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Frames

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  • Pupeno
    Hello people, Sorry for not doing my task as a organizer of this group, I couldn t keep up myself with the course, I m sorry. Anyway, I m trying to
    Message 1 of 3 , Jun 4, 2005
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      Hello people,
      Sorry for not doing my task as a 'organizer' of this group, I couldn't keep up
      myself with the course, I'm sorry.
      Anyway, I'm trying to continue... maybe this forum can be turned in a steady
      studing place where anyone can be at his/her own frecuency and still ask
      questions, let's try that!
      Anyway, I have just watched lecture 5a[1], where the concept of environment
      and frames are introduced. Taking the example of make-counter the following
      code is run:
      (define make-counter
      (lambda (n)
      (lambda ()
      (set! n (inc n))
      x)))
      (define c1 (make-counter 0))
      (define c2 (make-counter 0))
      leading the to environment drawn in the side blackboard. Then he run
      (c1)
      (c2)
      (c1)
      (c2)
      modifing the environment. I'm attaching an svg file represting the modified
      environment (and a png for those that can't handel the svg).
      Now, in the environment he draw the class to make-counter, but he didn't draw
      the calls to c1 and c2 (which would be composed of some empty frames). I'm
      not quite sure where those frames and calls would be drawn, can anybody tell
      me that ?
      Thanks.
      --
      Pupeno <pupeno@...> (http://pupeno.com)
      Reading ? Science Fiction ? http://sfreaders.com.ar

      [1] Watching the lectures is easier than reading the book, so, I'm going to
      watch all the lectures and then maybe read the book.
    • John Berthels
      Hi Pupeno, A slow response, because I only reached lecture 5a today :-) You ve probably sorted this out in your head already, but I ll reply because it ll help
      Message 2 of 3 , Jun 27, 2005
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        Hi Pupeno,

        A slow response, because I only reached lecture 5a today :-) You've
        probably sorted this out in your head already, but I'll reply because
        it'll help me to put my thoughts in order and others may correct me or
        clarify.

        > Now, in the environment he draw the class to make-counter, but he didn't draw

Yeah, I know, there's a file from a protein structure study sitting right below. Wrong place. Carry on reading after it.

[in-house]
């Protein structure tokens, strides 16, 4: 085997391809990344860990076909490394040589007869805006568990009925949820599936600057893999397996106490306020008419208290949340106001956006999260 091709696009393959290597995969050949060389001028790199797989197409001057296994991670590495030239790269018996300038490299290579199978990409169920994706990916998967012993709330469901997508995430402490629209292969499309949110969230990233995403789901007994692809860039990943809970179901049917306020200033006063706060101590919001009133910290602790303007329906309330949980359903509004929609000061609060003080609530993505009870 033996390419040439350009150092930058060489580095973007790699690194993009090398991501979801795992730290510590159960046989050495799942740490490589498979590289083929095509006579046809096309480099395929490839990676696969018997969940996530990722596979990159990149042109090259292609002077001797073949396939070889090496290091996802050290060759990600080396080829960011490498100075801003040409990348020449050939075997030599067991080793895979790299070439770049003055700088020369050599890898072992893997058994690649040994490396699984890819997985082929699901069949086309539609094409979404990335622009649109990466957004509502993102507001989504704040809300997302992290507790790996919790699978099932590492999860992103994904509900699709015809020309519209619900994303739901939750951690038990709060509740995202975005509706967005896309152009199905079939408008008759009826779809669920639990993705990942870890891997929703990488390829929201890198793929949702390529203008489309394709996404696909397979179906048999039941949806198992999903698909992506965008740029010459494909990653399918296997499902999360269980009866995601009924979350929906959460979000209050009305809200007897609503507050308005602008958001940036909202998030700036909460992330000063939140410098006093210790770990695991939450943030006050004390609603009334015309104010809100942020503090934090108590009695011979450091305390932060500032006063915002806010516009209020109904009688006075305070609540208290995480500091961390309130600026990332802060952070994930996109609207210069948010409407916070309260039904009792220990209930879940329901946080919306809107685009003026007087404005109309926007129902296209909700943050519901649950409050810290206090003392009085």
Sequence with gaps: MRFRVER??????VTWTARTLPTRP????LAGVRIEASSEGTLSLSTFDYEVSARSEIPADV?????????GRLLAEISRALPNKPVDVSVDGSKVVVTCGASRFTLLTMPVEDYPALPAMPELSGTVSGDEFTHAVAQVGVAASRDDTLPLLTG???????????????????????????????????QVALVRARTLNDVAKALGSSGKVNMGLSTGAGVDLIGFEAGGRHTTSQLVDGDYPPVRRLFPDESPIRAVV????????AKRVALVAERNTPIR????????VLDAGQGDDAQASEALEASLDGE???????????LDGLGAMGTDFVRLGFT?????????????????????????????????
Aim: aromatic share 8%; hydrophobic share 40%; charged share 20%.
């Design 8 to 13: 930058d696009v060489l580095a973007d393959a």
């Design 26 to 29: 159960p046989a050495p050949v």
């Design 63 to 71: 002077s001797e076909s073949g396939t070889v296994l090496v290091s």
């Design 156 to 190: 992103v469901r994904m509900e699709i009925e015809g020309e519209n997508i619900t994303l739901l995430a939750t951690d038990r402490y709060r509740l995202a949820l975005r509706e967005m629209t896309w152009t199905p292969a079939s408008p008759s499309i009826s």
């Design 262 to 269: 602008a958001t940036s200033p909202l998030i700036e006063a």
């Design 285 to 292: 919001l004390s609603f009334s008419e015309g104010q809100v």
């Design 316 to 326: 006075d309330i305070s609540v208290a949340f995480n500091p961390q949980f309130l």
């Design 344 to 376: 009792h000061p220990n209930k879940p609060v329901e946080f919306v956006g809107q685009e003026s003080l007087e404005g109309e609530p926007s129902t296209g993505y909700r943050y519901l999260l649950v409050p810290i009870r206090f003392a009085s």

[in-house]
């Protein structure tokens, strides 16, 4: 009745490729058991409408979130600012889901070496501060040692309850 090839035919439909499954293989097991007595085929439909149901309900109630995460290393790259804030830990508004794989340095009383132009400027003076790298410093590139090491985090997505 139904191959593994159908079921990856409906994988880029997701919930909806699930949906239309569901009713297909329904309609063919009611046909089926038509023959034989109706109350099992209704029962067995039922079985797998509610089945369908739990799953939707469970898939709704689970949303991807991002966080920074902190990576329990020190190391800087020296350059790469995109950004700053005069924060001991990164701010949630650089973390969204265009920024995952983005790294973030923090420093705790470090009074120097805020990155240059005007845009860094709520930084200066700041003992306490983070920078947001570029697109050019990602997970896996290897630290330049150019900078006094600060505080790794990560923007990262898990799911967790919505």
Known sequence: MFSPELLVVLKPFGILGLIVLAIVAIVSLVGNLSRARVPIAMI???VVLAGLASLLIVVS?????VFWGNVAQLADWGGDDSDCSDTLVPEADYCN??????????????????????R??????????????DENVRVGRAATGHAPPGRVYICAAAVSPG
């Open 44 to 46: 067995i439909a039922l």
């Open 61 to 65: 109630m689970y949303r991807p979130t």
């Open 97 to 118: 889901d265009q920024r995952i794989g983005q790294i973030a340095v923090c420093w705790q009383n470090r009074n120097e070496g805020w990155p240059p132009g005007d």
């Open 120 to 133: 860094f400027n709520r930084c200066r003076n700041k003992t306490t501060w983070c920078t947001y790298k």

> the calls to c1 and c2 (which would be composed of some empty frames). I'm
        > not quite sure where those frames and calls would be drawn, can anybody tell
        > me that ?

        This is interesting. Each evaluation of a procedure creates a new
        frame, binding the procedure arguments for that invocation to concrete
        values. So if we have a procedure (which is a pair, the procedure
        instructions and a pointer to the environment in which the procedure
        was created):

        (define (add5 n) (+ 5 n))

        then evaluating

        (add5 6)

        would create a frame. This frame would have n bound to 6, and form an
        environment by chaining off to the environment stored in the
        procedure.

        Now, we've seen frames/environments created by procedure application
        before, the N=2 and N=12 in your diagram. However, the difference is
        that those frames are referenced by the procedure, and the procedures
        are in turn referenced by the name bound to the procedure.

        So...some frames are "transient", in that they need to exist only for
        the duration of the procedure evaluation. Other frames will persist,
        since references exist to them (and they are ultimately rooted in the
        global environment, as seen in your diagram).

        Which I guess will lead us nicely into the subject of garbage
        collection, in that there is no difference between the permanent and
        temporary frames, just that when we lose all references to them, they
        may as well not exist (and so they get garbage collected).

        This is also a nice way to think about lambda. A lambda creates a
        procedure, which includes a frame. This allows us to save a reference
        to the procedure, and hence the frame, hence the frame persists.

        So I guess environments+frames lead nicely into some of the really
        lispy ideas...

        regards,

        jb
      • John Berthels
        ... I ve confused myself a little here. A lambda creates a procedure which includes a reference to the enclosing environment, i.e. to the frame created for the
        Message 3 of 3 , Jun 27, 2005
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          I wrote earlier:

          > This is also a nice way to think about lambda. A lambda creates a
          > procedure, which includes a frame. This allows us to save a reference
          > to the procedure, and hence the frame, hence the frame persists.

          I've confused myself a little here. A lambda creates a procedure which
          includes a reference to the enclosing environment, i.e. to the frame
          created for the procedure invocation in which the lambda is running.

          Rule 1: lambda creates a procedure (which is code+environment)
          Rule 2: procedure application creates a new frame (binding the args
          for this application) which chains to the procedure's environment.

          So...a frame is associated with a procedure invocation. It will only
          persist once the procedure returns if a reference to the frame is
          captured. Which is pretty much iff a lambda is executed in the
          procedure body and that lambda value leaves the procedure, either as
          the return value or by being set! into another variable.

          jb
          --
          john@...
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